Although “the now” is not a part of time, it is a condition for the possibility of us having an experience of time. This is because it is the now which divides a motion into a before and after (thus making our experience of the motion a temporal experience). If there were no now, there would be no time. This is because the now is necessary for having a before and after in a motion. The now is not part of time (in the way that we speak of a line having parts), but an attribute of time. As soon as we talk about before and after, we evoke a “now.” The before and after we talk about, however, are in the motion.
“Universal time” is derived from the “universal now” among object. The “now”, abstracted in a universal sense, is the same among objects. So if the kettle boils at the same time I wake up, we speak of these motions as being coincident.
Our way of access to motion- and therefore to time- is the thing in motion. The clock, for example, is a thing in motion. Putting the motion of the clock into terms of before and after gives us access to time. When we say something happened at a certain time, we are speaking of that motion as being coincidental to the motion of the clock.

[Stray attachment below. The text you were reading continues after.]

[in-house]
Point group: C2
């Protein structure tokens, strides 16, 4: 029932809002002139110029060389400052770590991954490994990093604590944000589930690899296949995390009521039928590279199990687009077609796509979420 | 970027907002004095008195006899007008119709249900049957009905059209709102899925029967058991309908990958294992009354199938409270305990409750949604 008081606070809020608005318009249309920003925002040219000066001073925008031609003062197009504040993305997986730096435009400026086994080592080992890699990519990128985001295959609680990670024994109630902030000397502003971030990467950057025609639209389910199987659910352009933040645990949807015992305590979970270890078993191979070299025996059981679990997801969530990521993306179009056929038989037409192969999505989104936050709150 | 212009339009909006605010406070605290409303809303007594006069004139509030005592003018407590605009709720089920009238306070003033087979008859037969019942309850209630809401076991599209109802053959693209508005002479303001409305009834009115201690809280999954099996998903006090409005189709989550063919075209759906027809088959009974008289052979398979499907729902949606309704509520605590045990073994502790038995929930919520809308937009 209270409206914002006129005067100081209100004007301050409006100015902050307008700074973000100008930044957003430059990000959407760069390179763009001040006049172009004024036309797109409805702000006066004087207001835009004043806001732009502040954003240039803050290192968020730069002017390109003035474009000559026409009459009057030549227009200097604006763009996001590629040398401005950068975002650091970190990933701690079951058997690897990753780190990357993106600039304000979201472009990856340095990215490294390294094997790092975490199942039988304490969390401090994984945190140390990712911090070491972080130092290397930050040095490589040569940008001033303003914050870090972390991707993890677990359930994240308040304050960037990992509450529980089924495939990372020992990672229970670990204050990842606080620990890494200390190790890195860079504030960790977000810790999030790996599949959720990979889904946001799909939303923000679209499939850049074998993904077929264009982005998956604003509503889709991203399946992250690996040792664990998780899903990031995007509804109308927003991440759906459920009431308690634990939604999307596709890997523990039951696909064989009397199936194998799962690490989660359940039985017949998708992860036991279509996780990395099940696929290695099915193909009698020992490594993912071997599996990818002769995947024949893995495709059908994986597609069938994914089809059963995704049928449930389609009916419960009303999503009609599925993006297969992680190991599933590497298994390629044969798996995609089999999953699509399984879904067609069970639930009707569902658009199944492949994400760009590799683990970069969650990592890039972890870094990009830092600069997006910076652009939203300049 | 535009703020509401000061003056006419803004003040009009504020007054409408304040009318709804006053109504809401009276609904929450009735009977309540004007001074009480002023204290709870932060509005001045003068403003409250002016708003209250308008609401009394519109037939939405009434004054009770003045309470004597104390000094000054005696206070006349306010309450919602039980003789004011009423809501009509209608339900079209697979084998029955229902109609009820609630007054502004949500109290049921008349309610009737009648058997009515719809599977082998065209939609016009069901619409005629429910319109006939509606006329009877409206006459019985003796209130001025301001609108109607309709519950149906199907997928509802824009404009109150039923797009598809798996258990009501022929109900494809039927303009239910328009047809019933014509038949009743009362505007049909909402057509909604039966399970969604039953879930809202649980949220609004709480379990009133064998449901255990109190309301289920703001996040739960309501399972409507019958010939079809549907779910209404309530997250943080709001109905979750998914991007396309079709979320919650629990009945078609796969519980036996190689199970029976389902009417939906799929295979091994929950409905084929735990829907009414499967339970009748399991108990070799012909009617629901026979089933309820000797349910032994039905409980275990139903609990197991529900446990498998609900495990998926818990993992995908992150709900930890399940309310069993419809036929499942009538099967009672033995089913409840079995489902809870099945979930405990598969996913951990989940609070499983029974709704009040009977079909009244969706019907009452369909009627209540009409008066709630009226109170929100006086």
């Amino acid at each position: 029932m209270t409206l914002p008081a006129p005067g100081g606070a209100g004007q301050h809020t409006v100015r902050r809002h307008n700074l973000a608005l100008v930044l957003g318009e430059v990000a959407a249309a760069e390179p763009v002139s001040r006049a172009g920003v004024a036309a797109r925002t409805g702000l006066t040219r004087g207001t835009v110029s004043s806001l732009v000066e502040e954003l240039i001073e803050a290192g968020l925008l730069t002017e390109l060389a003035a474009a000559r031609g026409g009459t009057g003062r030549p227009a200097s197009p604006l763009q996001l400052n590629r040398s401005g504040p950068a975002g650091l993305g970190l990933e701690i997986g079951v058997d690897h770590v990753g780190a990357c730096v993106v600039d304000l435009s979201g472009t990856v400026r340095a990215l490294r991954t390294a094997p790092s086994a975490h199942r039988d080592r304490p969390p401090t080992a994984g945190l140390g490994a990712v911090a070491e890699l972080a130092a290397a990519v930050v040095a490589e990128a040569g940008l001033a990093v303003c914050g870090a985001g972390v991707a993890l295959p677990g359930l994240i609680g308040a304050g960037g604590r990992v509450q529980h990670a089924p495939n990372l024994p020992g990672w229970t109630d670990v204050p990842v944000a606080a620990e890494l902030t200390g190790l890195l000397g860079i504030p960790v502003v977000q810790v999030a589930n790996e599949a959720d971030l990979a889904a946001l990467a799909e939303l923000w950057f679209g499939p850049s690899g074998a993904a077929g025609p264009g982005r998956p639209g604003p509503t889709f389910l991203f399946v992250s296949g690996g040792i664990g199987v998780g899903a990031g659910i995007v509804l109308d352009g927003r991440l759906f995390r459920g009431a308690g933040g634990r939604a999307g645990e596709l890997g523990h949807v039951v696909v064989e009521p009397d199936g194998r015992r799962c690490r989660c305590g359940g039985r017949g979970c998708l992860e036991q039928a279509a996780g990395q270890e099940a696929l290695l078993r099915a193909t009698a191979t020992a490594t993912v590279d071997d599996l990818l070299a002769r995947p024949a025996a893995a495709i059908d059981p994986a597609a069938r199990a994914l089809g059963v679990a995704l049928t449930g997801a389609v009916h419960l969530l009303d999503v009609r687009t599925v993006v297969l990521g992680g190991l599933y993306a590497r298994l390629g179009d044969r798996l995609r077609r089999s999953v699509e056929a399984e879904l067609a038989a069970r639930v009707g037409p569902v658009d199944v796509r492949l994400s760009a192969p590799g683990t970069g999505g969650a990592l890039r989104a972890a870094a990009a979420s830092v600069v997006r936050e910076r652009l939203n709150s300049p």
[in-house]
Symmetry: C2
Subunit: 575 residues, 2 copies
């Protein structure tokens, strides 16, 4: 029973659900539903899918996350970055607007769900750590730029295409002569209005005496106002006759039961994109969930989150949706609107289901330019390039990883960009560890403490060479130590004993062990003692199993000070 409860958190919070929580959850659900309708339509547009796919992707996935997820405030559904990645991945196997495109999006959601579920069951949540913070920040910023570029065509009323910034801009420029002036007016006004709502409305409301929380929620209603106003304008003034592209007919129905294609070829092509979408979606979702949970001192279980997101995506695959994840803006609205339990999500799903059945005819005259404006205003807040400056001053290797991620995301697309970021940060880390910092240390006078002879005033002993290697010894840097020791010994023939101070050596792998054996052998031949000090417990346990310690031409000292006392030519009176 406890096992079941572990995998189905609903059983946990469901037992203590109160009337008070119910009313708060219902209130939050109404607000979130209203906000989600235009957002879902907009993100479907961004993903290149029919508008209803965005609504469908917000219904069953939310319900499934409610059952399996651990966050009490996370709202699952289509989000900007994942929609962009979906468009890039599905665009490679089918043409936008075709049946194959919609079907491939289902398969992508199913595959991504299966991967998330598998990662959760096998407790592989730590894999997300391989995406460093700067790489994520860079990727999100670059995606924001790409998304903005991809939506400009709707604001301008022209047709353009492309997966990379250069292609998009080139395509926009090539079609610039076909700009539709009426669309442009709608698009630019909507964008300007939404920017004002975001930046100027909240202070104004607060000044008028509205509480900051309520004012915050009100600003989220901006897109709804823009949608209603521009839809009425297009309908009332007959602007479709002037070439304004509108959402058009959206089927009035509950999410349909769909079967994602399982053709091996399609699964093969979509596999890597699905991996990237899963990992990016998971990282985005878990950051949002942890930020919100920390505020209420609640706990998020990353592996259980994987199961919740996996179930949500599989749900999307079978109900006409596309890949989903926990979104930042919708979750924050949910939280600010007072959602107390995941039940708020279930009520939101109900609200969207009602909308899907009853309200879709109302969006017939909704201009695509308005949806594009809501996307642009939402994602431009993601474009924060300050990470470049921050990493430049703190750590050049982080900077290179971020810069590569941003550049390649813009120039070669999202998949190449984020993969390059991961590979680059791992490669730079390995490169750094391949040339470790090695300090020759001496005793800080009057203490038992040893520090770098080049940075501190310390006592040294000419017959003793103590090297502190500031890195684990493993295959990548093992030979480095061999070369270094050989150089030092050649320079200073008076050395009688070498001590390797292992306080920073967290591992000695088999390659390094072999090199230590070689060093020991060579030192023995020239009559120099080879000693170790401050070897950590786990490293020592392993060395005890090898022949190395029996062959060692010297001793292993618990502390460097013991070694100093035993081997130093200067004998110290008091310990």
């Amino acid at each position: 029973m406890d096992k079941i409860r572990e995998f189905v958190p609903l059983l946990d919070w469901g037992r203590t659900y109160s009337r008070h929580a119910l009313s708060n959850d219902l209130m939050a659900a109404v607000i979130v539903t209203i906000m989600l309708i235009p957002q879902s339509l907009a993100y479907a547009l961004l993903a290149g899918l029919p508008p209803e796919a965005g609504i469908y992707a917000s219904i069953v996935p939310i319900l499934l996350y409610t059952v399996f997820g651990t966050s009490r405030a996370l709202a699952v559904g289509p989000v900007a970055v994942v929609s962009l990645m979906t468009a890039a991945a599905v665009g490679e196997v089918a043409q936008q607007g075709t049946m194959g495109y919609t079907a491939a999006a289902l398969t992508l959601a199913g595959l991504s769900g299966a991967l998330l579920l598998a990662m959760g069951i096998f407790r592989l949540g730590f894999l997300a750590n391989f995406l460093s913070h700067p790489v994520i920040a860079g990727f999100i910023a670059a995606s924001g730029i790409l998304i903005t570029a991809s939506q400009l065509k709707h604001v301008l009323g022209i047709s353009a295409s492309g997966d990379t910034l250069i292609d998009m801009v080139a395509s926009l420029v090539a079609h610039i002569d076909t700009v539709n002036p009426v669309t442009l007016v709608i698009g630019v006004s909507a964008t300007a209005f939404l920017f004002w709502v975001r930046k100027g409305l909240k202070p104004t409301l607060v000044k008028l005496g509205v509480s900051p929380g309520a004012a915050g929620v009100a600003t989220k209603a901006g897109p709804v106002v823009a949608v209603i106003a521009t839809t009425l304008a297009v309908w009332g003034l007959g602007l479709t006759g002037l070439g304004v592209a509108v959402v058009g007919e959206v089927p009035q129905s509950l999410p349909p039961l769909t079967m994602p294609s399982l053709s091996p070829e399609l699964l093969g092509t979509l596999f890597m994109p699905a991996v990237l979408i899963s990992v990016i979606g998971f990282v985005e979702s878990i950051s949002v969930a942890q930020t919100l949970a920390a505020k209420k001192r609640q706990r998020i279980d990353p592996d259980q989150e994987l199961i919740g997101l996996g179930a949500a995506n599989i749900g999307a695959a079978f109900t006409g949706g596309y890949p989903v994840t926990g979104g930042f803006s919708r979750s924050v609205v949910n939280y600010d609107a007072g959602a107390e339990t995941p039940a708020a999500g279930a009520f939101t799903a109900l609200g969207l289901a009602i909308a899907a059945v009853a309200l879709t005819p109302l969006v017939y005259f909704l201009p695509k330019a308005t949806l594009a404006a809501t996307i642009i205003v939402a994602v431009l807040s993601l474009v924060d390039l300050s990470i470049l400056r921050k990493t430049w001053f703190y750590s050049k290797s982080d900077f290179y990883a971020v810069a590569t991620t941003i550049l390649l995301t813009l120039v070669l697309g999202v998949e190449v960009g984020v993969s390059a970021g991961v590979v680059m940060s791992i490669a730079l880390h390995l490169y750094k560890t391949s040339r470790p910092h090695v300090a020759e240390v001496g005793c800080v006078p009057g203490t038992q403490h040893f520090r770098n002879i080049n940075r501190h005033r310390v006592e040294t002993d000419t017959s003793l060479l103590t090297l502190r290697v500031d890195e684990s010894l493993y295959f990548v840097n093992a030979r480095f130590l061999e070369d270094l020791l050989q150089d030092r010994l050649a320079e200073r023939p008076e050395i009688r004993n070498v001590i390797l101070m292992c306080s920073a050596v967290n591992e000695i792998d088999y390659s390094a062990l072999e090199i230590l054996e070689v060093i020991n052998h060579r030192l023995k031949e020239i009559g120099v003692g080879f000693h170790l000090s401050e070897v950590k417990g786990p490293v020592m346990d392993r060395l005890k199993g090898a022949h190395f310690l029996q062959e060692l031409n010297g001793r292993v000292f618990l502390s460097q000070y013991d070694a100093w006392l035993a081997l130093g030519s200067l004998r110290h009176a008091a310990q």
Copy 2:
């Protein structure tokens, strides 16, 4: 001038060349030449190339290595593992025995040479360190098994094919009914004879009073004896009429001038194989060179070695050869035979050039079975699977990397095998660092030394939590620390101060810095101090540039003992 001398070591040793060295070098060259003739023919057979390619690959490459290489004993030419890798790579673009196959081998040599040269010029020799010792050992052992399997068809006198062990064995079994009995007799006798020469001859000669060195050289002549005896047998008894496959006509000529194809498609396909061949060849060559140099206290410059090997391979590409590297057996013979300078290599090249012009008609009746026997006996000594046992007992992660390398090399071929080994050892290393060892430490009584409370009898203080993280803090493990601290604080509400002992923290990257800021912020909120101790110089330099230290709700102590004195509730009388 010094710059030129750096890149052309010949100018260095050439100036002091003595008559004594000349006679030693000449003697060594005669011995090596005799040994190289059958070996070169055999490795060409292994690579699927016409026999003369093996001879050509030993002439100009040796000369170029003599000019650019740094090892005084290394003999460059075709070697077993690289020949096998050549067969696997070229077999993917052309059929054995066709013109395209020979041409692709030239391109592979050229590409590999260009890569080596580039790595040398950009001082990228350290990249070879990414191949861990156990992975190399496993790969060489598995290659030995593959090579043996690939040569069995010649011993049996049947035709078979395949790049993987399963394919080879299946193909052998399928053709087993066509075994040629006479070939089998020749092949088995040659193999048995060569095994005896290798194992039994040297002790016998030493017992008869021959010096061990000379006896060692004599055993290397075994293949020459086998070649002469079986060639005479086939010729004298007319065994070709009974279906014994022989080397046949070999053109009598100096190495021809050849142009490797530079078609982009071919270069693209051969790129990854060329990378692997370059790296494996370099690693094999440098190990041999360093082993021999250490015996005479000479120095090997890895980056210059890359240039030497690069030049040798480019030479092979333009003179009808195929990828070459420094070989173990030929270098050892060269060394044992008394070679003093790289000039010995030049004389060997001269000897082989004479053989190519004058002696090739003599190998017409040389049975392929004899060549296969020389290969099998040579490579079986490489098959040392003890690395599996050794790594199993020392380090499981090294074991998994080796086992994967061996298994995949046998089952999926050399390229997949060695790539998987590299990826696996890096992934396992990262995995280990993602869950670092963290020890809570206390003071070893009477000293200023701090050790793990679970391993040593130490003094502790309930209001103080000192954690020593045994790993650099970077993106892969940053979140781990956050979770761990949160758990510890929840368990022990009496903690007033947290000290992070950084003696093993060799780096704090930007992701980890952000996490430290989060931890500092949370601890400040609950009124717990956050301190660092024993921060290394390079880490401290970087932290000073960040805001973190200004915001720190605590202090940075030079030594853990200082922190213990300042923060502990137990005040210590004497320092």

Time is not fast or slow, but rather long or short. Motions can be fast or slow, in respect to time. In the same way as the number by which we measure speed is neither fast nor slow (as it is the speed itself that is fast or slow, not the numbers used to represent it), time- as measurement- is neither fast nor slow. So when we speak of time as passing slowly, we are speaking of a motion’s speed, not of its time.
Rest is also measured by time because rest is a deprivation or absence of motion. The same unit of measurement is applied to both rest and motion. So let us say that the book has been at rest on my desk for an hour. By this, we mean that the book has been without motion for the duration of an hour’s worth of motion of the clock.
When we consider that time is a kind of “number” applied to motion, we conclude that for there to be time there must be someone to measure the change in motion. Time, for Aristotle, is the act of a human being measuring something. It is dependent on the existence of a soul who- by means of intelligence- is able to apply measurement to motion. “The before and after are in motion, and insofar as they are counted, they are time.”
 One of Aristotle’s teachers said something quite similar, didn’t he? Cf.Meno.
 “But since the meaning of number is twofold (for we call that which is counted or countable a number, but also that by which we count), time is the counted and not the number by which we count. The two senses of number are different.” 219b